Lamb and Beef Ya Jean (BBQ Meat)

While Irish might have Pub food, Congolese have NGanda food. Nganda is the Lingala term for rustic restaurants or taverns that is common to see in popular neighborhoods in Brazzaville. The food that you will usually find there are mostly grilled meat cooked on charcoal.

Lamb and Beef Ya Jean

From Left to Right: Beef, White wine vinegar, Lamb, Salt, Onions and African chili powder

Even though my mother didn’t like us to eat Nganda food because of the doubtful aspect of the cleanliness of these places, once a week she will go to a popular street named Rue MBaka, known for its food market where some of the best BBQ meats were cooked, to get Ya Jean for takeout.

Lamb and Beef Ya Jean

Making the marinade

Lamb and Beef Ya Jean

Lamb inside the basket!

Lamb and Beef Ya Jean

Just out of the grill!

My siblings and I were waiting for this moment like kids wait for Christmas presents on Christmas Eve. It was that good. How can I explain what is a Ya Jean? It’s hard to explain.

Lamb and Beef Ya Jean

Preparing meat packets

Lamb and Beef Ya Jean

One packet done!

Lamb and Beef Ya Jean

The packets are back on the charcoal

Basically, Ya Jean is either made with lamb or beef, however purists will favor goat meat. The meat is cooked twice, first on the charcoal, then wrapped up with a parchment paper and put back on the charcoal until it’s ready to serve.

Lamb and Beef Ya Jean

Lamb and Beef Ya Jean

Lamb and Beef Ya Jean

Lamb and Beef Ya Jean

The recipe doesn’t require a lot of ingredients, but it require your full attention because since you must cook the meat twice, it’s important to not overcook the meat during the first half of the cooking process. Keep in mind that, my recipe is certainly nowhere close to what you might get at a Nganda in Brazzaville, I just tried my best to recreate the memories of Ya Jean from my childhood. Enjoy!

Prep: 15 min                       Cook: 40-45 min                4 servings



500 g of Lamb cut in cubes

500 g of Beef cut in cubes

¼ cup of White wine vinegar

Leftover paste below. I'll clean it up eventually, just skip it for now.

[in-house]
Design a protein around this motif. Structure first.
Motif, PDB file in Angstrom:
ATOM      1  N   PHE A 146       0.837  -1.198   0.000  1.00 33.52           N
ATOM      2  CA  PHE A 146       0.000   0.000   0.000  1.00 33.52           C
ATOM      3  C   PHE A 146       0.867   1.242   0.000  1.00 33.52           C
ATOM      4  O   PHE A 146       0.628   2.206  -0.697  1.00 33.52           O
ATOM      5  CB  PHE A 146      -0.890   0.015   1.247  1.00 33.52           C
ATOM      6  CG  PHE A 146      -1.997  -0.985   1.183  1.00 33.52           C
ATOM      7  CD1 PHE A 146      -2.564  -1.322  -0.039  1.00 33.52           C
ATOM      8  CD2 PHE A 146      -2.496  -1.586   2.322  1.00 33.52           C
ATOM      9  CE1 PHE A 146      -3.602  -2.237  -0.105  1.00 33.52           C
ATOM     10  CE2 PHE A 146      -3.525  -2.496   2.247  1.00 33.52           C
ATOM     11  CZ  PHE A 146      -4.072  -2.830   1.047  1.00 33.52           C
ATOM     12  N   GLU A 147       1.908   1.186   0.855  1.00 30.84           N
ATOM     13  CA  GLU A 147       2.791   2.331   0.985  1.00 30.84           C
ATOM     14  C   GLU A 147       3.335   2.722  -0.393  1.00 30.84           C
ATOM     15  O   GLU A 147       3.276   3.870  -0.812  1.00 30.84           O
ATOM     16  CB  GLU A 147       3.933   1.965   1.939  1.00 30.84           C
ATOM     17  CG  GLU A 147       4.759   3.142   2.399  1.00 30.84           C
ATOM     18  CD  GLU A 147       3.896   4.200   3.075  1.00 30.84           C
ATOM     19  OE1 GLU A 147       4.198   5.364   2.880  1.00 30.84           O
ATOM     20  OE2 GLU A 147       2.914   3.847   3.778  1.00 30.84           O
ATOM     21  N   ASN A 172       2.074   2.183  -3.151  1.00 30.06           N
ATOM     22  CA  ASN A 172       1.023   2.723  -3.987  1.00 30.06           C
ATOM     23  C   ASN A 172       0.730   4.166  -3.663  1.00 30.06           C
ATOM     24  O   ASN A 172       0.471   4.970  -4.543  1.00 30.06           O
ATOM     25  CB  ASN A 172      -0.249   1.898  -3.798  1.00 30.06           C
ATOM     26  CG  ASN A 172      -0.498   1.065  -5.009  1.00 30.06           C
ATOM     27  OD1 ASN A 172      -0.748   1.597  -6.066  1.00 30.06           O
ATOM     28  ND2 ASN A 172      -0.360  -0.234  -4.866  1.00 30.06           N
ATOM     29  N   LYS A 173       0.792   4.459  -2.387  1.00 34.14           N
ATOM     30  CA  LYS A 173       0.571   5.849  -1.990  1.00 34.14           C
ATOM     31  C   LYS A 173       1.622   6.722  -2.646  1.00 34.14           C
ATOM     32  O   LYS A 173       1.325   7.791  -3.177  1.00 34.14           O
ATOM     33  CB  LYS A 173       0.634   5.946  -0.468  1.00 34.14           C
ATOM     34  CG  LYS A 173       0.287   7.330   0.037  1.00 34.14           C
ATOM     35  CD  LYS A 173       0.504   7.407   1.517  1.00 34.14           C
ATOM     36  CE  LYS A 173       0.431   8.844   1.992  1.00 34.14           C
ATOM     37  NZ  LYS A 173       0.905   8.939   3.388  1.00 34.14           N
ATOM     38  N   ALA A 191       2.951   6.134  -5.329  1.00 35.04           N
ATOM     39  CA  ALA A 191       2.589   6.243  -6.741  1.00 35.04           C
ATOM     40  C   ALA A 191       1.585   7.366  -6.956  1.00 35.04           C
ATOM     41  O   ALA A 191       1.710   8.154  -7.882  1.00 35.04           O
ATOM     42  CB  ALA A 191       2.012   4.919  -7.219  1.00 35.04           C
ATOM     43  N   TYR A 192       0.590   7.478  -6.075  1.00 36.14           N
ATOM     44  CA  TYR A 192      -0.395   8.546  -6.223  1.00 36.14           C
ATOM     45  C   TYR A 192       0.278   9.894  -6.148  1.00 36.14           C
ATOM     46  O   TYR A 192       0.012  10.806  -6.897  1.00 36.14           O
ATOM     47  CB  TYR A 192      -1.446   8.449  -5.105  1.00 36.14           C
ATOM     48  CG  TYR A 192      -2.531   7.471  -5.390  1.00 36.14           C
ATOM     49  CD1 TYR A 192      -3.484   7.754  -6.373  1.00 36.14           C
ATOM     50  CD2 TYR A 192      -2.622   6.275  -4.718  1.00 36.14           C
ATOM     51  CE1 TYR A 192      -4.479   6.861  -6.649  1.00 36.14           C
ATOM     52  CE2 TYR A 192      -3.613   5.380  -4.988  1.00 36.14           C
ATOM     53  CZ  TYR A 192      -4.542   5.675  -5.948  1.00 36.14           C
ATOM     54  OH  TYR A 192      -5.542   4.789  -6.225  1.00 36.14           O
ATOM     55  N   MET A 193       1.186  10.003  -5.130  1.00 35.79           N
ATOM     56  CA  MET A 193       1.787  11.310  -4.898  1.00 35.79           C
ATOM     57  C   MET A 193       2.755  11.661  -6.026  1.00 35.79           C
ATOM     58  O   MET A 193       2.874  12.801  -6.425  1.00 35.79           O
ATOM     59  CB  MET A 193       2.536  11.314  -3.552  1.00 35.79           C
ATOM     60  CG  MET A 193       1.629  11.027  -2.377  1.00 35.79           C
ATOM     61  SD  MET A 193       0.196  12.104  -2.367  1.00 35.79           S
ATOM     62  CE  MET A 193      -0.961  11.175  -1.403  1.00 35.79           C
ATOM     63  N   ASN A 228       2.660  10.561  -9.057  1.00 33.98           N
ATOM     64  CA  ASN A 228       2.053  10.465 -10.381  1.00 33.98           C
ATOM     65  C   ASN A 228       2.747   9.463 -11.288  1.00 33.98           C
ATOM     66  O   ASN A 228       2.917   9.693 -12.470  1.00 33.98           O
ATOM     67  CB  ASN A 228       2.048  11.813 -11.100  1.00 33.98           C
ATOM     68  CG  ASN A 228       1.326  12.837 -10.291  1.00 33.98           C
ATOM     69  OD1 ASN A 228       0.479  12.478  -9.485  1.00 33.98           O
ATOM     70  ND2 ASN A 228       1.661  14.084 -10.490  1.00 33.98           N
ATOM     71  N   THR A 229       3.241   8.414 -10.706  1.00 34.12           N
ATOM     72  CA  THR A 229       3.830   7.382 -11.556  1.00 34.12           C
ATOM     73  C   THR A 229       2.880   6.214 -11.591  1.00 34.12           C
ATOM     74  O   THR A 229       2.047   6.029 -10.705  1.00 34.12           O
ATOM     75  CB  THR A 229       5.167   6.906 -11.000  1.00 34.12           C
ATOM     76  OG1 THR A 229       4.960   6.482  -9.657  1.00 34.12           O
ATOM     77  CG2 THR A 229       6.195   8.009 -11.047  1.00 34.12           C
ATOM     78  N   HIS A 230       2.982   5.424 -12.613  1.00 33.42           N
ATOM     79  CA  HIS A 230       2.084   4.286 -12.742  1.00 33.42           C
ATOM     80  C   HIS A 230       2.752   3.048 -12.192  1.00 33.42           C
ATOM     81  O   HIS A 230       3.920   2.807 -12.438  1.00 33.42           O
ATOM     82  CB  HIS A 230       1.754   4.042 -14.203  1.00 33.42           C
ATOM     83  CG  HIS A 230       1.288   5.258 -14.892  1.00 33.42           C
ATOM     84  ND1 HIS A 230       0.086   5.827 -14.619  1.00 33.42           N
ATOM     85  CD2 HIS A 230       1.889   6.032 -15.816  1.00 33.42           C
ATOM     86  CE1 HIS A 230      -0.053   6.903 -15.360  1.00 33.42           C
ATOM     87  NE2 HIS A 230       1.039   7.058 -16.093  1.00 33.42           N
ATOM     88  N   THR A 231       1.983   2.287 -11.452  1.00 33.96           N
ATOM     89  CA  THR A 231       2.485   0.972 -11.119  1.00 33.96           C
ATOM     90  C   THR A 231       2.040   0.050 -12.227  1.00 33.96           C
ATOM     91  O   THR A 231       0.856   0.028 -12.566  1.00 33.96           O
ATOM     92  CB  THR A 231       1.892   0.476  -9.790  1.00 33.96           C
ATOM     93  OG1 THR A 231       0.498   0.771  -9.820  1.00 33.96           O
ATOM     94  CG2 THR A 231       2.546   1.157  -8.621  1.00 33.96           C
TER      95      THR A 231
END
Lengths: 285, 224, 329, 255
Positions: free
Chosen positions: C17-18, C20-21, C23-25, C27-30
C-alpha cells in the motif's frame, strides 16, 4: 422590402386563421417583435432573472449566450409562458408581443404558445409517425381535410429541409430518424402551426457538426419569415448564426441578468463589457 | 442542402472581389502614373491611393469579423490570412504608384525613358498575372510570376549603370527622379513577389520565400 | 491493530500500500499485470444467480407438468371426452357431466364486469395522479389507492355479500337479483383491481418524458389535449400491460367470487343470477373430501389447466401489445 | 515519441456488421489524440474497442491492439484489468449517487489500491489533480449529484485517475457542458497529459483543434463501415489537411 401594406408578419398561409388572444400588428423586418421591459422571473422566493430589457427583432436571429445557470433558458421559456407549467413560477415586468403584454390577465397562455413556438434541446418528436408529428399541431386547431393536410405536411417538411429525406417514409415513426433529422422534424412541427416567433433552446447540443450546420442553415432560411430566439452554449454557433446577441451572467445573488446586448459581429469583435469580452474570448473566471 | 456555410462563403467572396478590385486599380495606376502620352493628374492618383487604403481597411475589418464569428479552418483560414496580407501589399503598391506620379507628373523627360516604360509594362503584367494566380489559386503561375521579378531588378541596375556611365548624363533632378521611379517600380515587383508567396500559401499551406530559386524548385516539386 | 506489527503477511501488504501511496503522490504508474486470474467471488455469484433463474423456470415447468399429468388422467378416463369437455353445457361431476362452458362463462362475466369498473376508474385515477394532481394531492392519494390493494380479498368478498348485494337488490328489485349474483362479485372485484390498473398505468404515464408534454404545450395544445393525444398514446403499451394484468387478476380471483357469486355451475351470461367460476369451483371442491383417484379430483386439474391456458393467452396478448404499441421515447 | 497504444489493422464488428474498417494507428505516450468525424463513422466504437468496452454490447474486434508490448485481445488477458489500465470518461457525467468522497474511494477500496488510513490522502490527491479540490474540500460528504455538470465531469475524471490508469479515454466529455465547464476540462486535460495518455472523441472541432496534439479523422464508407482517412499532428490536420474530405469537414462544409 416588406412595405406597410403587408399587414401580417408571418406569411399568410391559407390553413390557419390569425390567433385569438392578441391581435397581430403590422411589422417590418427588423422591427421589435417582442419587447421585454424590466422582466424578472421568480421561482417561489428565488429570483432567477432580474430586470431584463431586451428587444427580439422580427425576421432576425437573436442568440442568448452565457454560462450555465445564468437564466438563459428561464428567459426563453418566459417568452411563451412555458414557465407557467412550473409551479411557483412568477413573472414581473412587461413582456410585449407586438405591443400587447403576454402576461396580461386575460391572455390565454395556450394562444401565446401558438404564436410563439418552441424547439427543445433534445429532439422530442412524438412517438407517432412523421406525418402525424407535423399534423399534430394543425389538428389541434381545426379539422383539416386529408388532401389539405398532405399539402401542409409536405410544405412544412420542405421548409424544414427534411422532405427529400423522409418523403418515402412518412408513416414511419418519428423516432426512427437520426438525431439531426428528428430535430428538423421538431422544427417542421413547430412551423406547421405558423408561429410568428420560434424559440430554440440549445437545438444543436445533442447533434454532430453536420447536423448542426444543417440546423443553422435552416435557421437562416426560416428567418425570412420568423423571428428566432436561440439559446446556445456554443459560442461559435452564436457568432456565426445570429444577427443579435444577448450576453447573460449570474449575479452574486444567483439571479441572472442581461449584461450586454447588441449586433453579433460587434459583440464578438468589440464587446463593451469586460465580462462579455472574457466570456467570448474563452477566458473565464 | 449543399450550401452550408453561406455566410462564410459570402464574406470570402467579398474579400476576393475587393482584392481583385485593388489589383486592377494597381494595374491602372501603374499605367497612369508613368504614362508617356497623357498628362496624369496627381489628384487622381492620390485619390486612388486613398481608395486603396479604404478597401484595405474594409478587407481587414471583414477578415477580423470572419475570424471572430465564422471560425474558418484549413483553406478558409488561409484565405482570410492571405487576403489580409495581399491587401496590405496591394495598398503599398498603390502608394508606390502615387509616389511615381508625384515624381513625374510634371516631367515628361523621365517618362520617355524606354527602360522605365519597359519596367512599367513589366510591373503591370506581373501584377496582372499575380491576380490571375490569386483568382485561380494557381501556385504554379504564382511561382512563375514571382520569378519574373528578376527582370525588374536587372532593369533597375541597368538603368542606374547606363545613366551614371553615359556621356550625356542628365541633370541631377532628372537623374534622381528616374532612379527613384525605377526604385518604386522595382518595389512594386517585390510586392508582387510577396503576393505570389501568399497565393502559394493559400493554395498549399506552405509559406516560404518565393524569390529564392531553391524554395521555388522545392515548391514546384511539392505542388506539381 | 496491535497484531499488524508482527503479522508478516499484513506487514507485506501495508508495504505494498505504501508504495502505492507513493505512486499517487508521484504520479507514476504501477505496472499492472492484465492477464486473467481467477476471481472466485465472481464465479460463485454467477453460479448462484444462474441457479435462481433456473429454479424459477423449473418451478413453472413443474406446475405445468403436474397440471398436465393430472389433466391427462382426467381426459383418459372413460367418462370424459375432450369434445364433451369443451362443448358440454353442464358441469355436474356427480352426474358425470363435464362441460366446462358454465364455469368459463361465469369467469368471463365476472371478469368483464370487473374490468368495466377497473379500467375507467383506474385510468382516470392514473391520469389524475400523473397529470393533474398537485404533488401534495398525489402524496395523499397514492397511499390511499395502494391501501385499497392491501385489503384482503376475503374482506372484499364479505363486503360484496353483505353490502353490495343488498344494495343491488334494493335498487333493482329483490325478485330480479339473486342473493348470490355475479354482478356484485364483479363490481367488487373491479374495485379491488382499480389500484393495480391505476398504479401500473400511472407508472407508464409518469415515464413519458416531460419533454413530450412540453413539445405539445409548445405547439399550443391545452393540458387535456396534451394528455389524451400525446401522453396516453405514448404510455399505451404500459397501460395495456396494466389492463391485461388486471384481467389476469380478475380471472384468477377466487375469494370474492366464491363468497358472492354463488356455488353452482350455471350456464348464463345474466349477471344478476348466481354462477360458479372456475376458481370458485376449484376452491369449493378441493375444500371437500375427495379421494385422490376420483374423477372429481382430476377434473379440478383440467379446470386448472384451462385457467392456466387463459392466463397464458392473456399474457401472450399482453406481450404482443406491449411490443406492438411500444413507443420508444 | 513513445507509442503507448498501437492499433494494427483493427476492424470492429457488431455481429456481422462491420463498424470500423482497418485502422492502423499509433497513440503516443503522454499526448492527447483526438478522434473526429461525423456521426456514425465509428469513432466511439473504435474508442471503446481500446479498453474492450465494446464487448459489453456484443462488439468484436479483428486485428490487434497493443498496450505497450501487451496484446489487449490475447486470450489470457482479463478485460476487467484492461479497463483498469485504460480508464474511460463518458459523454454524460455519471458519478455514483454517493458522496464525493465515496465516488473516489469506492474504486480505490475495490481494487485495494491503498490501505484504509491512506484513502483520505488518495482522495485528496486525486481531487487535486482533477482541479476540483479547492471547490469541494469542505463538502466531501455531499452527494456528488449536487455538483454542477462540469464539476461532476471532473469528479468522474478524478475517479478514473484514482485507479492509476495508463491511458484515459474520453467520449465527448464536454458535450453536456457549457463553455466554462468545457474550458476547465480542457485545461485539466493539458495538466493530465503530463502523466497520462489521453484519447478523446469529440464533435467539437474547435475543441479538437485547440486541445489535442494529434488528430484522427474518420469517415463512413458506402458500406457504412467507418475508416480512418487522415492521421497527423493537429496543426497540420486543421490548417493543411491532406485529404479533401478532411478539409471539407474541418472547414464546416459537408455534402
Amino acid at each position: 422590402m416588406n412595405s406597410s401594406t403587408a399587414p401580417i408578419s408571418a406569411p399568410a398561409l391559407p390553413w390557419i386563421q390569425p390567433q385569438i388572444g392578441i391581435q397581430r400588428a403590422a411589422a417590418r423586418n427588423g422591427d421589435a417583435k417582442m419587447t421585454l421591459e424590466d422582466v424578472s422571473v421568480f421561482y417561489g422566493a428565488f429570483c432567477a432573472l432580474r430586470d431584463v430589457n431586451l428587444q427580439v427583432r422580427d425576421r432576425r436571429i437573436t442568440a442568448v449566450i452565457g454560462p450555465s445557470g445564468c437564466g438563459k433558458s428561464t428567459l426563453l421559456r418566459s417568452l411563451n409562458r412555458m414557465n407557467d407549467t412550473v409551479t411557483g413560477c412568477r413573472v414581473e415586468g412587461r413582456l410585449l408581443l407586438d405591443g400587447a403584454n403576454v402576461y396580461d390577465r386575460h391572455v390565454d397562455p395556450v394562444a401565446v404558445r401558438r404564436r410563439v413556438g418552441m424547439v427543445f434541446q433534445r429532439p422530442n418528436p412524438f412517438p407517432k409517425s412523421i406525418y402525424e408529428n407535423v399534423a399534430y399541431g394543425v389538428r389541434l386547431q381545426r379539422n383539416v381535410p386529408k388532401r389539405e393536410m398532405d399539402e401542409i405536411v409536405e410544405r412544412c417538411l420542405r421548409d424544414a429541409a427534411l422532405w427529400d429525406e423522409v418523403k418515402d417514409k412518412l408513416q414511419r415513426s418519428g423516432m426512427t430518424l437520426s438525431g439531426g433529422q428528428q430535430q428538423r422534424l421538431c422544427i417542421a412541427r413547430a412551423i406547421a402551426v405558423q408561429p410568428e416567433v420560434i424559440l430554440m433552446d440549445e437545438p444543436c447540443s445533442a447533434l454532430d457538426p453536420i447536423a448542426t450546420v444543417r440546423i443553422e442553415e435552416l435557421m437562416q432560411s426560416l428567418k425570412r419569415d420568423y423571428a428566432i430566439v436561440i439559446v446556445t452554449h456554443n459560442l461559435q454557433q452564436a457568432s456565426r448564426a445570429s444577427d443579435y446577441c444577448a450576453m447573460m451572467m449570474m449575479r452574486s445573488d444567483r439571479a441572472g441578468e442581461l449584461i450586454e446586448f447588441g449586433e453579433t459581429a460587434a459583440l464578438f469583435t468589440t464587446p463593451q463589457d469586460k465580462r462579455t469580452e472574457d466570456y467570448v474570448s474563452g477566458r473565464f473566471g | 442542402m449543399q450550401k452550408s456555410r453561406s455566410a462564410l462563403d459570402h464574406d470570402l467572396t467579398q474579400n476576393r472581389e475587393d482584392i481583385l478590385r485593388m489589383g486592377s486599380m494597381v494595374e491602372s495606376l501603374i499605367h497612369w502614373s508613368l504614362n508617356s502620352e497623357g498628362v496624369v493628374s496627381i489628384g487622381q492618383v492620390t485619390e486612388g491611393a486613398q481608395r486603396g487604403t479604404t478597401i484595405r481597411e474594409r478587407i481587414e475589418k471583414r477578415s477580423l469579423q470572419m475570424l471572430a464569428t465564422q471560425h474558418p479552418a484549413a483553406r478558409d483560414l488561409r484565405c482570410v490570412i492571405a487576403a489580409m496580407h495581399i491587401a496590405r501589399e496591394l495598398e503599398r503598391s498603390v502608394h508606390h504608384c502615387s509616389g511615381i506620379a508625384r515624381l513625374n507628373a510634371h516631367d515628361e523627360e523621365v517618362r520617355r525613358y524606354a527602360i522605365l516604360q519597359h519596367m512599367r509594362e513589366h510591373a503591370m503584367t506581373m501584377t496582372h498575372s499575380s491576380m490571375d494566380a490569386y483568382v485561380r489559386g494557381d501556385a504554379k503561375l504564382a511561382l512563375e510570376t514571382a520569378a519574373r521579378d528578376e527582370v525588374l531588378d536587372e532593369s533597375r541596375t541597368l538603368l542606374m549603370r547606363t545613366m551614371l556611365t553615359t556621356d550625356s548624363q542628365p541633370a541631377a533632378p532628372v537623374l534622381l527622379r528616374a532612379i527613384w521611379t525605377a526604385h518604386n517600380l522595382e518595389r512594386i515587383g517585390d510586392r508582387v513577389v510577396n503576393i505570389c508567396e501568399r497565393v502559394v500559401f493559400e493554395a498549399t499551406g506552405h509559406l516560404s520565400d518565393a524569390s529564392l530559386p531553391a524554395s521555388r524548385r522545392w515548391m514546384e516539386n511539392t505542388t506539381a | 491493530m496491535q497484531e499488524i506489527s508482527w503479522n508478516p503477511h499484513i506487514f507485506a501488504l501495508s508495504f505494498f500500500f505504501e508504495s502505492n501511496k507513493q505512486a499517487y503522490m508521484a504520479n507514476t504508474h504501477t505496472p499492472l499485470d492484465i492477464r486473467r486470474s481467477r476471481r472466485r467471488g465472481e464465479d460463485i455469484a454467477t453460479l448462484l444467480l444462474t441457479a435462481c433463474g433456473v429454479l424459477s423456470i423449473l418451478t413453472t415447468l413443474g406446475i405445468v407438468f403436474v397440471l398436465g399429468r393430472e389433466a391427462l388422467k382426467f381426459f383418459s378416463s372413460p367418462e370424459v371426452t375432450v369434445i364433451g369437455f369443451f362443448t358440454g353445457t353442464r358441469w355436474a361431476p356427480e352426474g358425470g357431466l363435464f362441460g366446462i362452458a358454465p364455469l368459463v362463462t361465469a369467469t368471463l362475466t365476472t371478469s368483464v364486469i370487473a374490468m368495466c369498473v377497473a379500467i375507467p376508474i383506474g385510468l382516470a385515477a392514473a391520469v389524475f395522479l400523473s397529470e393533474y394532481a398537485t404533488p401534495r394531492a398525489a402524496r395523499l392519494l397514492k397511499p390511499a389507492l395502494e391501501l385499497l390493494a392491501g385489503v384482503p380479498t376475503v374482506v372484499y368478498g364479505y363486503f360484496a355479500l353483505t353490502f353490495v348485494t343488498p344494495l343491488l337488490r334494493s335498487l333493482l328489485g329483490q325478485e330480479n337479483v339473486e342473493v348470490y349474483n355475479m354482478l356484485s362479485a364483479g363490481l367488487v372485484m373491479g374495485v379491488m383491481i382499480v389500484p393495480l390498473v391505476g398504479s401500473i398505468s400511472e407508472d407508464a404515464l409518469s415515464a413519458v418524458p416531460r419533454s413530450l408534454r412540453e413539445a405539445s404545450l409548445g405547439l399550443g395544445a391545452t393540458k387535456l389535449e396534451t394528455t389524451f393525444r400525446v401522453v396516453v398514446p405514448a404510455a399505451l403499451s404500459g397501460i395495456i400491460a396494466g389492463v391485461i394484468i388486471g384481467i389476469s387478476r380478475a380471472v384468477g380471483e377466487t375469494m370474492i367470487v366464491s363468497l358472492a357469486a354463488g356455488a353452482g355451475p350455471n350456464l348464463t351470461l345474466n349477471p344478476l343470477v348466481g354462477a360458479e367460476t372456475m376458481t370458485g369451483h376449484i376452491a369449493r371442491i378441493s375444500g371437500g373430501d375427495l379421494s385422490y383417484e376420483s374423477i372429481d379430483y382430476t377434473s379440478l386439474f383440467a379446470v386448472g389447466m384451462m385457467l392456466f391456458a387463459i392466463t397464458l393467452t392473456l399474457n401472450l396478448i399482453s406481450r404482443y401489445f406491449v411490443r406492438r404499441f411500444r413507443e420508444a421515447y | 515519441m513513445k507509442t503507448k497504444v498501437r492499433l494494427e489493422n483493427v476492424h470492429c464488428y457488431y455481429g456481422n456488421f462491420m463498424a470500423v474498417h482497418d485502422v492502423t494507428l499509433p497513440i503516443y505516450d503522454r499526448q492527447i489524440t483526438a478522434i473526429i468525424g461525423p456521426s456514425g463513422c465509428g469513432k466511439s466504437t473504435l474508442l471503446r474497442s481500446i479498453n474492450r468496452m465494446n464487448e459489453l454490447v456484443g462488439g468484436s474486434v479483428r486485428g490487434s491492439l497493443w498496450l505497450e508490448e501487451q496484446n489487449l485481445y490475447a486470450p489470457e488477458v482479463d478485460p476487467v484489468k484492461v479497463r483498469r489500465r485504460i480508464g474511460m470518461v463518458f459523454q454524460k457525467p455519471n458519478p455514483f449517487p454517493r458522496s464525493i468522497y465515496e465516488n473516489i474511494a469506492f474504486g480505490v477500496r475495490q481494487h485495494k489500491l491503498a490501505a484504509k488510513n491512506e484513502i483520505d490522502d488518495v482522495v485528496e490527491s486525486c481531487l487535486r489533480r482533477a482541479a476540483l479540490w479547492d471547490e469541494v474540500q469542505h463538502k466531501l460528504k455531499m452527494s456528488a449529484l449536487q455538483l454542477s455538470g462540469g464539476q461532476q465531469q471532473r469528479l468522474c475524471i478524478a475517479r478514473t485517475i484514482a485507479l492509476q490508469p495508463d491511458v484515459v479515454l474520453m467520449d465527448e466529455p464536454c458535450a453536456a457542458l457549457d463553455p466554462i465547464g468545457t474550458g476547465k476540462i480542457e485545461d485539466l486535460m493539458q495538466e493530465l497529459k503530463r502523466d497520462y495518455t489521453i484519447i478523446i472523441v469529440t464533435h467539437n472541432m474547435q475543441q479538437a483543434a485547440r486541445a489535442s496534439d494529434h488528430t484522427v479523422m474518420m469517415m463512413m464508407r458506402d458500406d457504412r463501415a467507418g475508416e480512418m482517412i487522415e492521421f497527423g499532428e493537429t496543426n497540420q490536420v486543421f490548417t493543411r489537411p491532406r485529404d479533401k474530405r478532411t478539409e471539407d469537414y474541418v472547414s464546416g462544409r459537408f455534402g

¼ cup of African chili powder

Kosher salt

Oil (I favor Grapeseed oil)


In two different mixing bowls (one for the beef and the other for lamb), add salt (to your taste), two tablespoons of vinegar, 1-2 teaspoon of chili powder and one tablespoon of oil to the meat and mix with your hands or a spoon. Let it rest for 15 minutes.

In the meantime, start your barbecue fire. You can watch numerous YouTube clips, like I do, if you don’t know how to start your fire. Just be safe.

Once your fire is on, put each meat on a basket used to cook vegetable on the barbecue. Place the baskets on top of the charcoal and let it cook for 20-25 minutes or until you think it’s enough for your liking. Make sure to stir the meat when halfway through.

Remove the baskets from the heat.

Line a piece of parchment paper on top of a sheet of aluminium foil. Place the meat on top of the parchment paper. Pour 1 tablespoon of vinegar and 1 tablespoon of oil on the meat before adding roughly chopped onions and season with salt (if necessary) then wrap it to avoid any leakage. Repeat the same exercise for each meat.

Put the packets back on top of the charcoal and let it cook for another 15 minutes or until you are ready to serve.


It’s traditionally served with slices of Chikwangue (steamed cassava bread) as side dish. However, it can be accompanied with fried plantains or rice.

Using white wine vinegar is one of my tricks. The original recipe simply requires a regular white vinegar. Vinegar has the effect of tenderizing meat.

Cooks in NGanda always add bouillon cubes in their marinades. However, since bouillon cubes are generally high in sodium, I decided to stick to kosher salt.


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